On 1 January 1570 the regiment tried to surprise La Rochelle, but failed. It was then in the 15 June battle of Sainte Gemme, where it lost 500 men. This was followed by a peace treaty and in 1572 it was mentioned as a garrison in Abbeville. In 1575 the regiment was in the Battle of Dormans, in 1577 in the siege of La Charité-sur-Loire, and in 1579 it was vainly sent to retain the Marquisate de Saluces. In 1584 the Comte de Brissac jr. declared for the Ligue. His regiment was therefore taken away from him and definitely took the name régiment de Piémont.

The Piedmont regiment in the Nine Years War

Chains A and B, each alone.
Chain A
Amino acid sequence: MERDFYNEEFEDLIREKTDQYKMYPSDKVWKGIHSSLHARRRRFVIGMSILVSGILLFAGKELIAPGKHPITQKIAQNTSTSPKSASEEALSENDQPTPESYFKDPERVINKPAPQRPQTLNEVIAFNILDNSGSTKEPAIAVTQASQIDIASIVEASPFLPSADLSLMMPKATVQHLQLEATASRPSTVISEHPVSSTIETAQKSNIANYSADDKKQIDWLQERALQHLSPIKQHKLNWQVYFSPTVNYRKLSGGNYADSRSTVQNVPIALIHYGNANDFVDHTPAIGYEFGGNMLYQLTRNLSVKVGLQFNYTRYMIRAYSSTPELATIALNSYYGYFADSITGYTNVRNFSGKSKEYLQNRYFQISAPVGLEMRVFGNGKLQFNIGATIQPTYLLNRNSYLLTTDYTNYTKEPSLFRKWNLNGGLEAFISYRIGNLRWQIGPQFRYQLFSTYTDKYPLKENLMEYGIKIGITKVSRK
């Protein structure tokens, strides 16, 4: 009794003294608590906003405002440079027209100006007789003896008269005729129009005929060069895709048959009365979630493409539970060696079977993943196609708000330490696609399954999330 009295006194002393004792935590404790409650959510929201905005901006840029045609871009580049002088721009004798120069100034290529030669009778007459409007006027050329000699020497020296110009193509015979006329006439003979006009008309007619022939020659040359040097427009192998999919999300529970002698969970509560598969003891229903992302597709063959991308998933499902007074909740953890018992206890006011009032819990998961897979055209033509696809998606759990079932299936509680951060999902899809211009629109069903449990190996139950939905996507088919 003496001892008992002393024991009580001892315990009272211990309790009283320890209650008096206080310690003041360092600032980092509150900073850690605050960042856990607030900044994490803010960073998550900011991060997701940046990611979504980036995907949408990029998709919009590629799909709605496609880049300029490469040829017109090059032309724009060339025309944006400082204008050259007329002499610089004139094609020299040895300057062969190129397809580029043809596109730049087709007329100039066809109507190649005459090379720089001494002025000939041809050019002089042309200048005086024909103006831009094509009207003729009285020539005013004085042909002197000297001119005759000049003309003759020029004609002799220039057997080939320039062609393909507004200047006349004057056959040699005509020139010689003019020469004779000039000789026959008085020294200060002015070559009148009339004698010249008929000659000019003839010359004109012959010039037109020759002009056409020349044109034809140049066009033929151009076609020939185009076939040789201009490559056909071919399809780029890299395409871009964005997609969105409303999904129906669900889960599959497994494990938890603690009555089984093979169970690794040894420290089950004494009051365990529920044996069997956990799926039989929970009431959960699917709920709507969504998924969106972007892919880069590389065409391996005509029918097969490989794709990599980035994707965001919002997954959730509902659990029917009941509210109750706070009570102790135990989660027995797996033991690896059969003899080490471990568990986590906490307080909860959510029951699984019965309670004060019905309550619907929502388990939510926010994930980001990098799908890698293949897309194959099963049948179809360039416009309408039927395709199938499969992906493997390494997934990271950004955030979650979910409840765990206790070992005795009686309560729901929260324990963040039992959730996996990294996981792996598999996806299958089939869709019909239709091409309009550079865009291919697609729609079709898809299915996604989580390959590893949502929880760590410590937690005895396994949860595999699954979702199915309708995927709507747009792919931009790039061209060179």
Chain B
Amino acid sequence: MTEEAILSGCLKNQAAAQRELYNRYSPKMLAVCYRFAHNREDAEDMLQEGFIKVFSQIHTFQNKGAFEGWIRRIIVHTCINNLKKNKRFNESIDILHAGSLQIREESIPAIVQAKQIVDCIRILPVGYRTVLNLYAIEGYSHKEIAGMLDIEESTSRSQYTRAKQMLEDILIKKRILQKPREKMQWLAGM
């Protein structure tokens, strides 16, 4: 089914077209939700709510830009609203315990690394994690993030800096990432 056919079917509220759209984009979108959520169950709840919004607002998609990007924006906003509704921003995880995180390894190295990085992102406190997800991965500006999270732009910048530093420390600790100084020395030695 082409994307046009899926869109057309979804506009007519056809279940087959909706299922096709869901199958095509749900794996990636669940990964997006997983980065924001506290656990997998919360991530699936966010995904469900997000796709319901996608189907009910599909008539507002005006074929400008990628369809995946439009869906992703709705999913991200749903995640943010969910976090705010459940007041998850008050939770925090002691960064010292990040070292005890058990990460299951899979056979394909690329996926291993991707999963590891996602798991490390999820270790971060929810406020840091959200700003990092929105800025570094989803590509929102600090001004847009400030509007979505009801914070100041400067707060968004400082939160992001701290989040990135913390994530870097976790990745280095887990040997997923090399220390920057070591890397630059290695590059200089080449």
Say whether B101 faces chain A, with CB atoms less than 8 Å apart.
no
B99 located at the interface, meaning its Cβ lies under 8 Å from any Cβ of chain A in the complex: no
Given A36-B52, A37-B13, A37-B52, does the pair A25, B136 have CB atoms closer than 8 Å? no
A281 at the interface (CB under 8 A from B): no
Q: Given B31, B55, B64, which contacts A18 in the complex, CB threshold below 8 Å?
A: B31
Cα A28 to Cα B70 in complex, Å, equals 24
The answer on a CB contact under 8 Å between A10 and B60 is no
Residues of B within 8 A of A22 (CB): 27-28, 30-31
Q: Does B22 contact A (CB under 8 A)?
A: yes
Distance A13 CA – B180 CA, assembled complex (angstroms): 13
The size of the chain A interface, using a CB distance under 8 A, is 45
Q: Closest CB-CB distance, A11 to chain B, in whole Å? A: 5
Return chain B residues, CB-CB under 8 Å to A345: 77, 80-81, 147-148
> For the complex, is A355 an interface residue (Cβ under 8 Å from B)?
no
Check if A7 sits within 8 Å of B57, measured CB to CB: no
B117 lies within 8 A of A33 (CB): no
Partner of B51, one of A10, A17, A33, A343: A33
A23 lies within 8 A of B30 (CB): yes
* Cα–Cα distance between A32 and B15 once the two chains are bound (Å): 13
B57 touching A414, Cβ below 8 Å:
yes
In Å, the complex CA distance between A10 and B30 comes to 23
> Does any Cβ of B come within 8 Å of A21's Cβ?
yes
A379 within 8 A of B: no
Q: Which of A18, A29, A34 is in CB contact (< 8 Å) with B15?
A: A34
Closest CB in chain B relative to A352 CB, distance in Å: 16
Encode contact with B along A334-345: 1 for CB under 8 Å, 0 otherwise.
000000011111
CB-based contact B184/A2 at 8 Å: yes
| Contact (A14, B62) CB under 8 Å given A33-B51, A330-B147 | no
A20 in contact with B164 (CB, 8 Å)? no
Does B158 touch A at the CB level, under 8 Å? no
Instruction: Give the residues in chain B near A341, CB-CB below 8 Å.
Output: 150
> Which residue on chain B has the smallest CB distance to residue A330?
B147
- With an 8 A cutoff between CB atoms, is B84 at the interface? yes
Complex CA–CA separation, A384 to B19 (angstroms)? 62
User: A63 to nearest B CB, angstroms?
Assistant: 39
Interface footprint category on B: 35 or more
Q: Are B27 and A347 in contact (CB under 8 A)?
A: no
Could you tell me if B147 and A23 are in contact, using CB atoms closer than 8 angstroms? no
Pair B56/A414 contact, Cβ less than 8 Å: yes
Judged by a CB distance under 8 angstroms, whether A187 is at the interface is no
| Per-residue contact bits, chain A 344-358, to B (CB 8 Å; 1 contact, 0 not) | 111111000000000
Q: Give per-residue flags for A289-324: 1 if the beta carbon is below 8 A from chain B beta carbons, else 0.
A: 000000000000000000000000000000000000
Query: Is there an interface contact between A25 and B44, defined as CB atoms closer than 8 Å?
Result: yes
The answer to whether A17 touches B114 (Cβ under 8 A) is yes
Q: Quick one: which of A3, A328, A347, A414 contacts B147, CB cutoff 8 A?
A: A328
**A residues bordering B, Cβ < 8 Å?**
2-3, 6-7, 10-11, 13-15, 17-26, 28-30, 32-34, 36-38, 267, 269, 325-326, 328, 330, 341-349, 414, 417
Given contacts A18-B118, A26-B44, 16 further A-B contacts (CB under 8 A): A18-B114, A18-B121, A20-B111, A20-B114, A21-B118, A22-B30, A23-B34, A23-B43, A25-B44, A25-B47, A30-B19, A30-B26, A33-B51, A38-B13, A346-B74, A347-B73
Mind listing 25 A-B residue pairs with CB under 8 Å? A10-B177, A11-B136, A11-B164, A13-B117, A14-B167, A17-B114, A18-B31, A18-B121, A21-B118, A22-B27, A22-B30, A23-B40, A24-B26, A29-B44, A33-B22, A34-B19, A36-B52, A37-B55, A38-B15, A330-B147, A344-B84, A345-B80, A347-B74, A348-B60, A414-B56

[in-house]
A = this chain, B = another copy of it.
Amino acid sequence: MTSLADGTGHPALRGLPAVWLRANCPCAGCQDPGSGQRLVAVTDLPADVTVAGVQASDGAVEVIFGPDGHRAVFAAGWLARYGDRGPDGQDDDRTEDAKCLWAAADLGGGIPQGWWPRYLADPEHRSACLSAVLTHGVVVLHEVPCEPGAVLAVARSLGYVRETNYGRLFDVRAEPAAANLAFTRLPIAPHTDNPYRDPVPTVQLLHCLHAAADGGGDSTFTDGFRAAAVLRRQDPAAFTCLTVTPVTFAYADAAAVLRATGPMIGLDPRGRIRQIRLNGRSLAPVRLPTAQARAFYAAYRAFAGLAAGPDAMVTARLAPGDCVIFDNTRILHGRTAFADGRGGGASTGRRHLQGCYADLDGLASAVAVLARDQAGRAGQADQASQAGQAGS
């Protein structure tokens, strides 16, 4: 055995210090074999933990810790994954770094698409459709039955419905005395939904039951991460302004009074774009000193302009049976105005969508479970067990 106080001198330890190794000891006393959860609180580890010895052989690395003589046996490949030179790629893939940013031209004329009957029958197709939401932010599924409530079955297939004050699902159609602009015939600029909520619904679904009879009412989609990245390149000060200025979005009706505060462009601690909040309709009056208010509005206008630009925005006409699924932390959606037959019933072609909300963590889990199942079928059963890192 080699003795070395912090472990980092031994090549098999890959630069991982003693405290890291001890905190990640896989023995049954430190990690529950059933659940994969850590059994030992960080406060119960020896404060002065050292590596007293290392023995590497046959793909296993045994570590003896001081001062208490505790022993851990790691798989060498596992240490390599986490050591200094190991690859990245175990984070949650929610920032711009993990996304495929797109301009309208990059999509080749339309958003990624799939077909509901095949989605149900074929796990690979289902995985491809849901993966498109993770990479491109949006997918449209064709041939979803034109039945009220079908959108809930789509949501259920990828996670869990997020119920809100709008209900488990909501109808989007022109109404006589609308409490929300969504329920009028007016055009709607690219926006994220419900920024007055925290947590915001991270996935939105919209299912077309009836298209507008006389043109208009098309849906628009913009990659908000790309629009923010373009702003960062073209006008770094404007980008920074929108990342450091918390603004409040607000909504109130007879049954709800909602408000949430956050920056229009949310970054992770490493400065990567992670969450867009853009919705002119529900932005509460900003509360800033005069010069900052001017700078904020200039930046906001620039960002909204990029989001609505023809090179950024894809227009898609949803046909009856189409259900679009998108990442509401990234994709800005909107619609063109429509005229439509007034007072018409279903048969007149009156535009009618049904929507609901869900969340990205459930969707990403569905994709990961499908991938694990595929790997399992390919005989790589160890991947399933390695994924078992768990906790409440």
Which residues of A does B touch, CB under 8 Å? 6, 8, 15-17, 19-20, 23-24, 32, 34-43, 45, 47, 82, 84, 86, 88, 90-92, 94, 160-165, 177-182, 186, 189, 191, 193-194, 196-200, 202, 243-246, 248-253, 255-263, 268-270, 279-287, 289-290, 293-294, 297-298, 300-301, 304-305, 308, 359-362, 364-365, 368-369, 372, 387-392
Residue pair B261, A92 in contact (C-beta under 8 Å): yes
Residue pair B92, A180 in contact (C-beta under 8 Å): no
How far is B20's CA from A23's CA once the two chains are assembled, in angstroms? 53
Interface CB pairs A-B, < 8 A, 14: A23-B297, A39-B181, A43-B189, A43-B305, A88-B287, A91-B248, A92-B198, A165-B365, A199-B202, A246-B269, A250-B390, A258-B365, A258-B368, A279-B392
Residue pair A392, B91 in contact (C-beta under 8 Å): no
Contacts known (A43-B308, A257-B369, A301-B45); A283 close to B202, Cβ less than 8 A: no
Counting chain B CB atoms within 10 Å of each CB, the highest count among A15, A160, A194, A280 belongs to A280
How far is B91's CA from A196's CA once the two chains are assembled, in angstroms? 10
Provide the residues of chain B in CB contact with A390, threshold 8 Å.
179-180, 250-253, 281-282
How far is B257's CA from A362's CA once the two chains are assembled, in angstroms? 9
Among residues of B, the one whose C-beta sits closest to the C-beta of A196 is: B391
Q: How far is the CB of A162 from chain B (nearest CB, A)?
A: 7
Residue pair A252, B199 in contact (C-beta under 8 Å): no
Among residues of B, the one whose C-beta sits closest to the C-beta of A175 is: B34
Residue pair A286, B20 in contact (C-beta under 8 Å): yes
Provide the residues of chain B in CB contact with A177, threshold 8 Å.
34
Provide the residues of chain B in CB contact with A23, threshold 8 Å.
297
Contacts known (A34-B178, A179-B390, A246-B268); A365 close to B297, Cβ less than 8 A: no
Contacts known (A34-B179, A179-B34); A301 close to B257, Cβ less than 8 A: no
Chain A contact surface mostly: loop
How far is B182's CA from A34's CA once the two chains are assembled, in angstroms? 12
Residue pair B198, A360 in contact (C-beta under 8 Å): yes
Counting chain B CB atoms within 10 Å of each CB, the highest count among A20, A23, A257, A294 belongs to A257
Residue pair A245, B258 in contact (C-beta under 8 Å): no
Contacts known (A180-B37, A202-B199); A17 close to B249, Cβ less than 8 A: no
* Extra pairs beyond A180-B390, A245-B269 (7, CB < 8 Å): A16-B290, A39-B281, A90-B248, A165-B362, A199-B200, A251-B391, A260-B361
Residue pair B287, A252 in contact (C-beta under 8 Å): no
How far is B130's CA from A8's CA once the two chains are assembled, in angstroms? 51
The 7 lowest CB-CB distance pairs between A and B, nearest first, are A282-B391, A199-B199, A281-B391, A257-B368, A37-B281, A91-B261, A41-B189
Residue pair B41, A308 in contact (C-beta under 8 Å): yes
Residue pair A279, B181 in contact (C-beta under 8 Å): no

During the Nine Years War the regiment de Piemont started under the command of Claude-Hyacinthe de Faverges Marquis de Rébé d'Arques, who had been appointed on 14 February 1680. The regiment started with the Sieges of Philippsbourg and Mannheim. Meanwhile its second battalion was somewhat more to the north. In 1689 it was also on different fronts. In 1690 it was united, but missed the Battle of Fleurus. In 1691 it also did not see any significant action. In 1692 its three battalions had the honor to open the Siege of Namur. After this siege it ended the campaign on the Moselle and wintered in Namur.